At approximately 3:30 a.m. on Monday, Coast Guard Sector Los Angeles-Long Beach watchstanders overheard a mayday call on channel 16 that a 75-foot commercial diving vessel carrying 39 people was engulfed in flames.
Watchstanders launched two Coast Guard Station Channel Islands Harbor 45-foot Response Boat-Medium crews, a Coast Guard Air Station San Francisco Forward Operating Base Mugu Dolphin MH-65 helicopter crew, a Coast Guard Air Station San Diego MH-60 Jayhawk helicopter crew, as well as the Coast Guard Cutter Narwhal.
U.S. Coast Guard Lt. Cmdr. Matthew Kroll reported that of the 39 people aboard the dive vessel CONCEPTION, twenty-five people are confirmed dead and nine are still missing. Victims have been found, but due to unsafe conditions under the boat, divers are currently unable to recover the bodies.
According to Santa Barbara County Sheriff Bill Brown, five crew members were rescued by the good Samaritan pleasure vessel GRAPE ESCAPE. It was reported that the five surviving crew members were awake and on the bridge when the fire was discovered, then jumped into the water.
“This is probably the worst-case scenario you could possibly have,” said Santa Barbara County Sheriff Bill Brown. “You have a vessel that’s on the open sea … in the middle of the night.” Most of the people on board were likely asleep, and the crew would have limited capacity to fight a fire.
“So you can imagine that of all scenarios: to be in a remote location, have a fire that occurs, have limited, if any, firefighting capabilities that could address that, and then to have all of a sudden a fire that spread very, very rapidly — you couldn’t ask for a worse situation,” Brown said.
Investigators don’t yet know what started the fire.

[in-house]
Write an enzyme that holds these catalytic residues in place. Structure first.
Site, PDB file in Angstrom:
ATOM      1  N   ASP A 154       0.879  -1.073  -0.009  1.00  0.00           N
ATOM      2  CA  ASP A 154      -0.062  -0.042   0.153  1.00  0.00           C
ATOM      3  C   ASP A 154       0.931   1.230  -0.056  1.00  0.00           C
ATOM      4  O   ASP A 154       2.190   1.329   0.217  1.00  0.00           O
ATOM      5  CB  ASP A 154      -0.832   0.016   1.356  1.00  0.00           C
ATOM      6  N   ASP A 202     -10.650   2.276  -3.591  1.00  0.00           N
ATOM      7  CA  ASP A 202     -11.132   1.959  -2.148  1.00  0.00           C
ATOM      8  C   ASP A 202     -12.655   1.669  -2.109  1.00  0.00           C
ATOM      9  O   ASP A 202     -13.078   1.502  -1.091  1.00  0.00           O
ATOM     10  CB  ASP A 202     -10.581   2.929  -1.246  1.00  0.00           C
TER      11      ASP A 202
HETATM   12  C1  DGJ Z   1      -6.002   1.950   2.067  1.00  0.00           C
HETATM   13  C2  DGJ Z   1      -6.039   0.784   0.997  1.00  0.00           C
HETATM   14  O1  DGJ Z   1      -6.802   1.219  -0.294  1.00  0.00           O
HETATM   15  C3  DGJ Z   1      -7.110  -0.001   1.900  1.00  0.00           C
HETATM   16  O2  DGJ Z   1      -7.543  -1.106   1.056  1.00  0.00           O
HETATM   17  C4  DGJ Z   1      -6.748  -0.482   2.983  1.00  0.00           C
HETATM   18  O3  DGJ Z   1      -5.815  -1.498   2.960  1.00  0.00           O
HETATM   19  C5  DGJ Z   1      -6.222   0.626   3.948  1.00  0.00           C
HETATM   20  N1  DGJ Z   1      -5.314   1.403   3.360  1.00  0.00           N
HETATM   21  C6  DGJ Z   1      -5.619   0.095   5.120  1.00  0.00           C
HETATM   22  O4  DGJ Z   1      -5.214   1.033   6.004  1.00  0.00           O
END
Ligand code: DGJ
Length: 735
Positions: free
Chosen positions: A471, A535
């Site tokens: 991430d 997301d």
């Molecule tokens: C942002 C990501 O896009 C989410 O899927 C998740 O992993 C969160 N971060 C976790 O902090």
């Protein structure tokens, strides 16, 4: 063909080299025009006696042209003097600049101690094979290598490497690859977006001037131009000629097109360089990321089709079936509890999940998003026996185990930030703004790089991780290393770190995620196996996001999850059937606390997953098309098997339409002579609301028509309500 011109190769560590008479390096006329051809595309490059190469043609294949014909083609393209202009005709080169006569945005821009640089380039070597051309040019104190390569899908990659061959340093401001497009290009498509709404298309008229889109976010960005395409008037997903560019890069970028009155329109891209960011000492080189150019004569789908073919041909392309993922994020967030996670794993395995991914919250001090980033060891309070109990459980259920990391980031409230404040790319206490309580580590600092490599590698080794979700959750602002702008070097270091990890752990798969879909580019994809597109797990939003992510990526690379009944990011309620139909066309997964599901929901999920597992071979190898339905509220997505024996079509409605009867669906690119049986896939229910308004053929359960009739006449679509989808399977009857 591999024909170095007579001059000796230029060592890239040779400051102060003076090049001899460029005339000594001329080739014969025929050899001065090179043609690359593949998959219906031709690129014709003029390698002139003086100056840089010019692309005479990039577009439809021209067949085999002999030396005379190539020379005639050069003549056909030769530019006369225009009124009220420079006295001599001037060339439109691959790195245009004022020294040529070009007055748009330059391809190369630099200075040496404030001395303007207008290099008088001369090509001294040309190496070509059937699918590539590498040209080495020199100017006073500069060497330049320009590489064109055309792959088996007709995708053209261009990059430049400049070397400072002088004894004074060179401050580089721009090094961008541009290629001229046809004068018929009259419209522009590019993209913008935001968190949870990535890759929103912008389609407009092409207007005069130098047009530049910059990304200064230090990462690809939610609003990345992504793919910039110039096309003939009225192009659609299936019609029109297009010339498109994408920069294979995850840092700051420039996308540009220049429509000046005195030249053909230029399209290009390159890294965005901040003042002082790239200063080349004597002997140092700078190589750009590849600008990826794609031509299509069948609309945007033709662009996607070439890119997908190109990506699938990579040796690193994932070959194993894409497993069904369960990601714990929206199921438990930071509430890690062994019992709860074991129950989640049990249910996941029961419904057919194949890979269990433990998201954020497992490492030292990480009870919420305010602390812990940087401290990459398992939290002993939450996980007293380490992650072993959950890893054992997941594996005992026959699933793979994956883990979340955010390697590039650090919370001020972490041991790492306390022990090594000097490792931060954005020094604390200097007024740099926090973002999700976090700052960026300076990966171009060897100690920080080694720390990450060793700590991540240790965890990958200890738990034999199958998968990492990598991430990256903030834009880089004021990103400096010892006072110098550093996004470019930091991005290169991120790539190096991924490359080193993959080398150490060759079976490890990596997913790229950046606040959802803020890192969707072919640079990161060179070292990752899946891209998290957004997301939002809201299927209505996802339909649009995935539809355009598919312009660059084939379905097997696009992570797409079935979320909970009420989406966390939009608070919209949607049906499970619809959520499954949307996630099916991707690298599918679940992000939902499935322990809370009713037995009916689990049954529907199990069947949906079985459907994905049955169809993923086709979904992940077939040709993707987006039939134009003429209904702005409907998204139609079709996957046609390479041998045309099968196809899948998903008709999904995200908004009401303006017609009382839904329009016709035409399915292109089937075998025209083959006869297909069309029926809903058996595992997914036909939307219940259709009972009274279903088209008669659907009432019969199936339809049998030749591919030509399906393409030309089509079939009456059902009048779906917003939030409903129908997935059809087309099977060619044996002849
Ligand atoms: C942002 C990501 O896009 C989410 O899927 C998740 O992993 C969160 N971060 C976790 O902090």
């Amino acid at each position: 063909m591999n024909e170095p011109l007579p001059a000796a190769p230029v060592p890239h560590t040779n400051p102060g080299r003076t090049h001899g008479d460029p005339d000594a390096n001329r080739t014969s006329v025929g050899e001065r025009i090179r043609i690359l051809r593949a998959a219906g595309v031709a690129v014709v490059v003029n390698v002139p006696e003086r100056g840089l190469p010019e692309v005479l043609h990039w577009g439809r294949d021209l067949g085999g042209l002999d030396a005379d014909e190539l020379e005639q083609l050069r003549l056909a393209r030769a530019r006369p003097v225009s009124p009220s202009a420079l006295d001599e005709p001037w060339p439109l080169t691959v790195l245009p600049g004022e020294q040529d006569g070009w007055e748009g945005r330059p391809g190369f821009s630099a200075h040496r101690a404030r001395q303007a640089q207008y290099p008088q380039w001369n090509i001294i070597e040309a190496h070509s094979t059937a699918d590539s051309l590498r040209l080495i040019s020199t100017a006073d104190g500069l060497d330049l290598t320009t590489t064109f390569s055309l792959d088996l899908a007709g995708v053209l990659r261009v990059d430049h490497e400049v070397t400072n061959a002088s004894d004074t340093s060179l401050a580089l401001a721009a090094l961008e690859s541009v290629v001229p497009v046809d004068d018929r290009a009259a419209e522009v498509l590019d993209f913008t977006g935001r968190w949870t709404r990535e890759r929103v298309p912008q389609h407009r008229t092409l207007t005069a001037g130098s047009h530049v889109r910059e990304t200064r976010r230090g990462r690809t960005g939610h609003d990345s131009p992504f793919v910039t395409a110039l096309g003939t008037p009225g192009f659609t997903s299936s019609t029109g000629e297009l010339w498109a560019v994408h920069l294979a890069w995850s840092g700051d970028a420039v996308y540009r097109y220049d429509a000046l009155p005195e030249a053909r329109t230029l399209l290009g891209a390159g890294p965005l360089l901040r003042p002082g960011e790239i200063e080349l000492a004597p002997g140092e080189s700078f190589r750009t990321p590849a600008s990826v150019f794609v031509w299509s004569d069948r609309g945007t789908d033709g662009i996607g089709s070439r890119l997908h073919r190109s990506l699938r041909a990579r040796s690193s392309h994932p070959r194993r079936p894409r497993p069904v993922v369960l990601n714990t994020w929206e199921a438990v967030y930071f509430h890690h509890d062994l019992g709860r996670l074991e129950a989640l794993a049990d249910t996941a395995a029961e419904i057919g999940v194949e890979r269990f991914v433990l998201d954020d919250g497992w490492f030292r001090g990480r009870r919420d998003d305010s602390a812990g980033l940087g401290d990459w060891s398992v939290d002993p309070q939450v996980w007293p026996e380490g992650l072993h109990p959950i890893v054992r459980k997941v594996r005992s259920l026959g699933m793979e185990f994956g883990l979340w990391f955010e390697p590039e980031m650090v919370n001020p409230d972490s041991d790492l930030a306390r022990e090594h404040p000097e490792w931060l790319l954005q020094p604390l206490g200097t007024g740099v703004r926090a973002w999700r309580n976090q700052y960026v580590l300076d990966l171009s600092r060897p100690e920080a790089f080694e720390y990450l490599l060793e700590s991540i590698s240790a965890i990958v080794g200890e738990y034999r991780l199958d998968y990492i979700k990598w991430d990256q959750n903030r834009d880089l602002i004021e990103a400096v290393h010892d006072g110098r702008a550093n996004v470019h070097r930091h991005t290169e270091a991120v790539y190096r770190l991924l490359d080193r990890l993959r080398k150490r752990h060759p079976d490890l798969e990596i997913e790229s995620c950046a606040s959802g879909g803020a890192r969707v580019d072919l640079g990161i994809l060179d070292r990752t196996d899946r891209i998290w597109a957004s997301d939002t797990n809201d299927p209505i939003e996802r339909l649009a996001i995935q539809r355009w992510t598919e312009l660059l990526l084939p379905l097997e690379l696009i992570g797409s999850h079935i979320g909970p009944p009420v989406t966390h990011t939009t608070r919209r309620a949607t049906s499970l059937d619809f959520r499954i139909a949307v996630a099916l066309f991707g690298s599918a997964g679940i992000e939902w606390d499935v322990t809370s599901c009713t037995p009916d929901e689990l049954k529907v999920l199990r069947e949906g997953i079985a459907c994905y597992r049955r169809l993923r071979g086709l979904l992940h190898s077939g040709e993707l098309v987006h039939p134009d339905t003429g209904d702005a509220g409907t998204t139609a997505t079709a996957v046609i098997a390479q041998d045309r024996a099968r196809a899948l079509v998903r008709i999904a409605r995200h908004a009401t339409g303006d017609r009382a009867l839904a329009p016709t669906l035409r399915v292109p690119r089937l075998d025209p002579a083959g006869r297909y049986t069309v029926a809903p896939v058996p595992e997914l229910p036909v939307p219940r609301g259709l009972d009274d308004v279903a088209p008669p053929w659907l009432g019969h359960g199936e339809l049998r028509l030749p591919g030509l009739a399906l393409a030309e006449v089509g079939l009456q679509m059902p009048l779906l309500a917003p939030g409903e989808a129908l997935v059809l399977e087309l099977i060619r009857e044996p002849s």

“At some point they’re going to have to make a determination of when the best time is to actually either refloat that vessel and attempt to recover anyone who may be inside or to try to make the recovery while it’s still on the ocean floor,” Brown said.
According to the U.S. Coast Guard, the vessel eventually sank in 64 feet of water, and vessel is currently resting upside down. Recovering bodies inside the vessel by rescue divers will be a complicated task. A 3,000-foot temporary flight restriction has been established around the scene of the accident. The National Transportation Safety Board in partnership with the Santa Barbara County fire and sheriff’s departments will investigate the cause of the accident.
Coast Guard and partner agencies continue their response and investigation. A family assistance number has been established at (833) 688-5551 or (800) 400-1572.
The Conception was near the end of a three-day diving trip. Owned by Truth Aquatics and based in Santa Barbara, the company has been operating since 1974, specializing in diving trips off the California coast. The Conception was one of three dive boats operated by Truth Aquatics, which is owned by Glen Fritzler.
The sleeping area below the deck was reported to sleep 46 people in 20 single bunks and 13 double bunks, stacked three high.
Vessel fires often begin in the engine room or galley where fuel and electrical sources are found together. It is known that pure oxygen was aboard the vessel. While oxygen is not combustible or flammable alone, oxygen feeds fire. In this environment, a spark can quickly turn into a blaze. Because of the inherent danger involved, certification is required to mix and fill scuba tanks holding pure oxygen. Scuba tanks are also required to be tested every five years by a Department of Transportation-licensed inspector. As more information is made available, we will continue to update this post.
The maritime attorneys at Stacey and Jacobsen have successfully assisted families and loved ones in all types of vessel and diving accidents. If you have any questions, please call for a free consultation. Our thoughts and prayers are with all those who lost a friend or loved one in this tragedy.